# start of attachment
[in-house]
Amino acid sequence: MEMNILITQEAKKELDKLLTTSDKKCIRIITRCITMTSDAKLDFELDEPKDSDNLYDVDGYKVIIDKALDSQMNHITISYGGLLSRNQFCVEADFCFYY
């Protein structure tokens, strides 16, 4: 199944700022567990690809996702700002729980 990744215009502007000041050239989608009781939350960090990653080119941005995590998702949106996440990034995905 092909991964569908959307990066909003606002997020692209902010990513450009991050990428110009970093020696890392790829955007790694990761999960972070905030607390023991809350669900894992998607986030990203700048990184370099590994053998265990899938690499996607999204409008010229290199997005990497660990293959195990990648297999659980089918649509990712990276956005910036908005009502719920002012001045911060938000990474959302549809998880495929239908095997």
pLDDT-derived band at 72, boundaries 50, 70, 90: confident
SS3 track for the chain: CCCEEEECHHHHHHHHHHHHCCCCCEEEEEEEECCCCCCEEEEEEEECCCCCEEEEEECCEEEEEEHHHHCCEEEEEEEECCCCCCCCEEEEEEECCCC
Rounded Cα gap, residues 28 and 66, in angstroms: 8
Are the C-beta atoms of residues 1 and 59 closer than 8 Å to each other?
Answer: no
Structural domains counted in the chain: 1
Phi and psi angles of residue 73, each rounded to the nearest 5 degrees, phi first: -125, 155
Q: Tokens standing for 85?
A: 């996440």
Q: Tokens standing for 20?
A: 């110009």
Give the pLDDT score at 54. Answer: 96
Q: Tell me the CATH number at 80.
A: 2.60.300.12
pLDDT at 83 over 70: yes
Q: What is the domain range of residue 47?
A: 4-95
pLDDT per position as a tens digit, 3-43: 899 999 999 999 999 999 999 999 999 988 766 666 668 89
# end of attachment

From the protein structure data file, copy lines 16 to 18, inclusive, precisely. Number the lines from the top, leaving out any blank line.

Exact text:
Q: Tell me the CATH number at 80.
A: 2.60.300.12
pLDDT at 83 over 70: yes